Soldiers and Families of Warhorse Brigade, The holiday season is behind us and we all hope you had a joyful and wonderful time with your loved ones. We also extend to you our wishes for a happy New Year! Now, after a much needed break for time with our families and friends, it is time again for us to turn our focus toward our upcoming deployment. We are currently busy preparing for our rotation to JRTC (Joint Readiness Training Center) at Fort Polk, Louisiana

– a training exercise designed to maximize our readiness to deploy. With the preparation for the JRTC rotation, and our deployment, come many competing requirements to ensure your Soldier is properly trained for success. We are currently training at the squad level in counter improvised explosive device (CIED) lanes, dismounted crew serve weapons (Machine Guns) emplacement and engagement techniques, squad movement techniques, and preparing our

equipment for shipment to JRTC. We have many Soldiers attending special courses to enhance our capabilities during our upcoming mission. We have Soldiers in Dari and Pashtu language course, Combat Life Saver course (CLS), Joint Fire Observer (JFO) course, demolitions, Electronic Warfare Operator (EWO) course, Vallon metal detector training, and more. As you can see we are quite busy readying the Brigade, Battalions and each Soldier for our mission so we are successful at all levels. continued on page 2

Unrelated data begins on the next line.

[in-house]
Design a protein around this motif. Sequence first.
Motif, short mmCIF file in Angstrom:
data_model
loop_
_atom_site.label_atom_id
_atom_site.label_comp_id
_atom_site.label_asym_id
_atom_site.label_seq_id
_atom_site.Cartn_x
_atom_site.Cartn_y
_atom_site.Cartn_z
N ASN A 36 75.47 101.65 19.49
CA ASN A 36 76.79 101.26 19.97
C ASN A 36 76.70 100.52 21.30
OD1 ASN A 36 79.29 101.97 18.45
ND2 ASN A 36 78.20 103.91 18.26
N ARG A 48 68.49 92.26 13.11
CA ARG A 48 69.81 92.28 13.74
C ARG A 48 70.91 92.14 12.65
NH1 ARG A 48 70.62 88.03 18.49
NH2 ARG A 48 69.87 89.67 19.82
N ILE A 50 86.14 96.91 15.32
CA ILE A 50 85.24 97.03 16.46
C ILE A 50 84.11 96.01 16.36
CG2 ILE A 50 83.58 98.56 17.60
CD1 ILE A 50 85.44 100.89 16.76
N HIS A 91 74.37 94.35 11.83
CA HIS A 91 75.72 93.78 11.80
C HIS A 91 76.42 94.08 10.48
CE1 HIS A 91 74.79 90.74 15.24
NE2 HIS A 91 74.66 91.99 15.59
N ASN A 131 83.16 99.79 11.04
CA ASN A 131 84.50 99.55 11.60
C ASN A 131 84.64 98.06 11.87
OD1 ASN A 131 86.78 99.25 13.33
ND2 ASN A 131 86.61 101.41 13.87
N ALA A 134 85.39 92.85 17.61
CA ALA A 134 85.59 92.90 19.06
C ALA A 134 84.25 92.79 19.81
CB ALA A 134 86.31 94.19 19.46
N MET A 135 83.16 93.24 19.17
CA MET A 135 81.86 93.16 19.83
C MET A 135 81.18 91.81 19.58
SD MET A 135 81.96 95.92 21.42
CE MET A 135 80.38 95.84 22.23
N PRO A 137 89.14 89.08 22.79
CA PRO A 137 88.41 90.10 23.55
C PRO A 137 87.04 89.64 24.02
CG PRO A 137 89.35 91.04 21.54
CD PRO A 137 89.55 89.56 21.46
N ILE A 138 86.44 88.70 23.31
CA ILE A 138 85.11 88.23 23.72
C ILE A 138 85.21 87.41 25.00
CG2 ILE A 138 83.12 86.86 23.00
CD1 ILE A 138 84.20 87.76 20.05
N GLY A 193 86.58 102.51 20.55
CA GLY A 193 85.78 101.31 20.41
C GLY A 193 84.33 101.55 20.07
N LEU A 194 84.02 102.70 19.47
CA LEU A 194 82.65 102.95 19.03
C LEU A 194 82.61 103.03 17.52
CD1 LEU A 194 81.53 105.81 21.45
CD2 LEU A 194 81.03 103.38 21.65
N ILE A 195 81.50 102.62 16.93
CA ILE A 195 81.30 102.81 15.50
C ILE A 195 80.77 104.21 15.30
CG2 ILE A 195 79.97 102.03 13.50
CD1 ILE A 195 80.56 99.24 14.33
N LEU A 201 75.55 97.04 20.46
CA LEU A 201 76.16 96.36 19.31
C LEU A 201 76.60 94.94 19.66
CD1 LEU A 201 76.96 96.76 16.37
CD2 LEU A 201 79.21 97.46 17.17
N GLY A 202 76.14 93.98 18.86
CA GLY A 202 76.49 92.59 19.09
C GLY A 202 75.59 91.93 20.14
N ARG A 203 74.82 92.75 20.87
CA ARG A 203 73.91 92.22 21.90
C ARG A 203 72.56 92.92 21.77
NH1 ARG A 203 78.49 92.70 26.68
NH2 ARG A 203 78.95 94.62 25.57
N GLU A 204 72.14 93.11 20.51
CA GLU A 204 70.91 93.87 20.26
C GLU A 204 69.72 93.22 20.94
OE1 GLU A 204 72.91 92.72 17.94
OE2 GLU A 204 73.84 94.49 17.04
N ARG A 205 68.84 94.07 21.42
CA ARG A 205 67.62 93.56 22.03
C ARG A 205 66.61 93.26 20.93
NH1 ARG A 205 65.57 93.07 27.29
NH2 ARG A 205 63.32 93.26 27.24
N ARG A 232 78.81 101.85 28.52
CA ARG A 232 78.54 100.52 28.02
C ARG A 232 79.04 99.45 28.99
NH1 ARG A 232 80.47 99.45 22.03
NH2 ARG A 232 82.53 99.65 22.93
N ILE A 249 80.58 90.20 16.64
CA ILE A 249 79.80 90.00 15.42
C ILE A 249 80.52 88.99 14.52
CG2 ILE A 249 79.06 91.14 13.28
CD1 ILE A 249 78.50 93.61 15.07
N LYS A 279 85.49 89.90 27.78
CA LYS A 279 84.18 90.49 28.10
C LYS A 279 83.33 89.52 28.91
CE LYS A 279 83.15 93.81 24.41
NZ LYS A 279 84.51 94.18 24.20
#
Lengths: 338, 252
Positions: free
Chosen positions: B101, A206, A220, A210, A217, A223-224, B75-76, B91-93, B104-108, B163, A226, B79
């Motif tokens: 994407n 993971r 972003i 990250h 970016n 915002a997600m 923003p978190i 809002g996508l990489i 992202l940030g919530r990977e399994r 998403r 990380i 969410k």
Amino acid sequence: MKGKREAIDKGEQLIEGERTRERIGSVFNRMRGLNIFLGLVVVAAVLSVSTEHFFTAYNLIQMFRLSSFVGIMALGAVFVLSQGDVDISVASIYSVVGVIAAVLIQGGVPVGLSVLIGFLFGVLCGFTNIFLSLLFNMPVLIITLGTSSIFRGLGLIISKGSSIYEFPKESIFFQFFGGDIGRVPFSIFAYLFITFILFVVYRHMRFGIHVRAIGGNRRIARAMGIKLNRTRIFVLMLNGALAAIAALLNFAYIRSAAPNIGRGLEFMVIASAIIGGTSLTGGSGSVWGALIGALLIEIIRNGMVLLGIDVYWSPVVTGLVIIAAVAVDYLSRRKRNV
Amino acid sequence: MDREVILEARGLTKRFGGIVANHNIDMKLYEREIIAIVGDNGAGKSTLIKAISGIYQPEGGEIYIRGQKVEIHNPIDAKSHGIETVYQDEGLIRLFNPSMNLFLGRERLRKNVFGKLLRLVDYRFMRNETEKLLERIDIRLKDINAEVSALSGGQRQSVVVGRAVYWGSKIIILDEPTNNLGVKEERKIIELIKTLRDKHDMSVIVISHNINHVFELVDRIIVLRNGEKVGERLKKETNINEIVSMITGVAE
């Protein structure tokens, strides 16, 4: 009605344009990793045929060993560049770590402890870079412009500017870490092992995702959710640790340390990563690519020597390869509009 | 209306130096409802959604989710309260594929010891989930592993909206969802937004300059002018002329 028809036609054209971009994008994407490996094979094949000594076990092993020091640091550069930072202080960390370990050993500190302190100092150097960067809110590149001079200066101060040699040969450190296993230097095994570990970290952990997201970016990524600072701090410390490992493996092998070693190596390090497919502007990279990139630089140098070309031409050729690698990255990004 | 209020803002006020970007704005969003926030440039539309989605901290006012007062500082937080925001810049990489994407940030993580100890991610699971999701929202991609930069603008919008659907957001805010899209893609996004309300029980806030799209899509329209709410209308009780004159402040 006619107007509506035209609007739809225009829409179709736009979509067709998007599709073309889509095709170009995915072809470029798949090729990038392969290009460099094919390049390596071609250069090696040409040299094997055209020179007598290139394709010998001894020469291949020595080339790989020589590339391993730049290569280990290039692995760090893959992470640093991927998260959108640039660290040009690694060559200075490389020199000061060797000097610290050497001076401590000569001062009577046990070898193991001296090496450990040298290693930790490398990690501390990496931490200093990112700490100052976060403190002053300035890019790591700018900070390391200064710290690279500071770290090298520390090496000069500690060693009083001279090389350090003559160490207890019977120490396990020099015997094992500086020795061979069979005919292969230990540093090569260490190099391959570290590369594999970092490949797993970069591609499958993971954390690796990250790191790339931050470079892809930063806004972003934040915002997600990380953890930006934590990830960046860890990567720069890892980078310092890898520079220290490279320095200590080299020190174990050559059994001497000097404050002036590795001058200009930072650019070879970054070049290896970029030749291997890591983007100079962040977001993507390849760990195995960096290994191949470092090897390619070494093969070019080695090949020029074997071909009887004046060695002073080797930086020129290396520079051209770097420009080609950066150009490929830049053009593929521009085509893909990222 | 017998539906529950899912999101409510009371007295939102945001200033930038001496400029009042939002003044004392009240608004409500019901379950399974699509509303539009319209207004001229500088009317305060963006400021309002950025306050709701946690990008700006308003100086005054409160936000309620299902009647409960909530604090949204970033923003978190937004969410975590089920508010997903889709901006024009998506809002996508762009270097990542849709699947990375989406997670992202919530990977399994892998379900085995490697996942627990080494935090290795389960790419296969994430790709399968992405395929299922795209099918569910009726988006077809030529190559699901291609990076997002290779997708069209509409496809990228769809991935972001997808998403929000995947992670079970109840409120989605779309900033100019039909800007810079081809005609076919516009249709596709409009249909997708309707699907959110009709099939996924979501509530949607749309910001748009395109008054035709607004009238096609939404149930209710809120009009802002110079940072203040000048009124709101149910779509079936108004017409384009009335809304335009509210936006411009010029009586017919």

page 2

Warhorse Pride

New MRAP improves communition Story by Sgt. Coltin Heller 109th Mobile Public Affairs Detachment U.S. Division North Public Affairs

Members of Company C, Division Special Troops Battalion, 4th Infantry Division, provided training on the command and control on the move mine resistant ambush protected vehicle platform to U.S. Division-North Soldiers at Contingency Operating Base Speicher, Iraq, Dec. 11. The MRAP platform allows for better battlefield flexibility as well as access to realtime information while on the move, said Staff Sgt. Jacob McCoy, a radio operatormaintainer and chief instructor for the C2OTM training, Company C, DSTB, 4th Inf. Div. “This system places all the tactical operations center communications in one platform,” McCoy said. “It cuts down on the amount of equipment needed to keep in contact with units.” McCoy designed the training program during a one-month period for the brigades deployed as part of U.S. Division-North in support of Operation New Dawn. A civilian field service representative also assisted with the training, advising the Soldiers with the installation of the equipment. The C2OTM is housed in the Cayman platform, one of the many variations of the MRAP. The crew compartment has been